The prisoners were forced to endure filthy conditions in this place. They were packed in so tightly that they could neither sit or lie down. The floor was ankle deep in mire. A number of the prisoners died because of the conditions. Attempts were made to escape, but of twenty-five that made the attempt, fifteen were recaptured. Those unfortunate enough to be recaptured were tortured by being tied down and then having burning slivers of wood placed between their fingers.

  The prisoners were released from Dunnottar when the threat of an insurrection was passed. Some of them, thirty men and seven women, took the oath and renounced their faith in the Covenant. The remainder, including James Muirhead, noted below, refused to renounce their faith and were sentenced to be transported to the American colonies.The prisoners were released from Dunnottar when the threat of an insurrection was passed. Some of them, thirty men and seven women, took the oath and renounced their faith in the Covenant. The remainder, including James Muirhead, noted below, refused to renounce their faith and were sentenced to be transported to the American colonies.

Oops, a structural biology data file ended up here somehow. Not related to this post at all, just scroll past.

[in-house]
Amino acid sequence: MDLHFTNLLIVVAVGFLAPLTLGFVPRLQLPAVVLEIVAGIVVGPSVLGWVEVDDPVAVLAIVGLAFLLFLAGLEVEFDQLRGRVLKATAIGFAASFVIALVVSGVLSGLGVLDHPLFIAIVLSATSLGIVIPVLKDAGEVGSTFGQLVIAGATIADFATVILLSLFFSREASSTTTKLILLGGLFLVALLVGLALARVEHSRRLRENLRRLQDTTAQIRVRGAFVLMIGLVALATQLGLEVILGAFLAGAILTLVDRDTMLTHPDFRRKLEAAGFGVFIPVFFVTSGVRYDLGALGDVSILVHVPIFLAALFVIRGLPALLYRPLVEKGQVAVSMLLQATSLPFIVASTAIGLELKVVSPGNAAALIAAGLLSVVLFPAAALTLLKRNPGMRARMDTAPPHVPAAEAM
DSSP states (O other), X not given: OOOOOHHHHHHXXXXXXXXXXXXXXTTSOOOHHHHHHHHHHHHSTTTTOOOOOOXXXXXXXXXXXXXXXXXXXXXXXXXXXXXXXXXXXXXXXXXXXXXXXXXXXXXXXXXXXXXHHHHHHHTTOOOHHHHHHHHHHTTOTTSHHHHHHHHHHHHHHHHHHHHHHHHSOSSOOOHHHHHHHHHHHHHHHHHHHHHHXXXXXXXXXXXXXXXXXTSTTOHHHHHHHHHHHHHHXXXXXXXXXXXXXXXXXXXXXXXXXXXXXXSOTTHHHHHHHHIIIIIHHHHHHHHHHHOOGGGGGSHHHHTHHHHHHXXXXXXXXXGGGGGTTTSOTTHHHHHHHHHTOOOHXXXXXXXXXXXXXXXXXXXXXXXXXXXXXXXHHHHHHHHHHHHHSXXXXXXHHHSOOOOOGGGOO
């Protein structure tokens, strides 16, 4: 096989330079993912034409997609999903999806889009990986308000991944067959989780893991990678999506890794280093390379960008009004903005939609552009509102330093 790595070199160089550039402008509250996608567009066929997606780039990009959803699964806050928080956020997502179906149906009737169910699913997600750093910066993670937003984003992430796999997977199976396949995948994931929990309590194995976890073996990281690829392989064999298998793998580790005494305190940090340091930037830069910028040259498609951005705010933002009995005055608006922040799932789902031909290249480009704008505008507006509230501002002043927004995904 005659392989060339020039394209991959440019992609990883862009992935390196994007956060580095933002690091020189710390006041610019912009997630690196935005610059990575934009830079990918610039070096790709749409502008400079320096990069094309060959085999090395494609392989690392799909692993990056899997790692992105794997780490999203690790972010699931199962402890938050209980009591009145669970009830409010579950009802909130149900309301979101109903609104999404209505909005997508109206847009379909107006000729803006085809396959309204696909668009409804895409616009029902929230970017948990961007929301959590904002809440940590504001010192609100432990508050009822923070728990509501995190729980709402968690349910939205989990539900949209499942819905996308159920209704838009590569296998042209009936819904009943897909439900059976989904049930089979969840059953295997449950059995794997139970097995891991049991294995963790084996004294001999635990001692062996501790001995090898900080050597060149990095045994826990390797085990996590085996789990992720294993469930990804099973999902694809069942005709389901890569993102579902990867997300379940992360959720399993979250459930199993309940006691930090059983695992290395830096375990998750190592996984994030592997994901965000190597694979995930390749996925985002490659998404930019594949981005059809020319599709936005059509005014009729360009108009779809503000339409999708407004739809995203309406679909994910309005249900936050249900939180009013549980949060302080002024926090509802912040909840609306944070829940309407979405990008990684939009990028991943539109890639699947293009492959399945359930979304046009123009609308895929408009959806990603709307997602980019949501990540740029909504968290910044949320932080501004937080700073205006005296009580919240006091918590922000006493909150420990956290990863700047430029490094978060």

Robert Wodrow, the ecclesiastical historian, was born in 1679. Although he was too young to witness the Killing Time personally, he spoke to eyewitnesses while researching for his book, The History of the Sufferings of the Church of Scotland from the Restoration to the Revolution, which he wrote between 1721 and 1722. In that volume he noted:(2.44)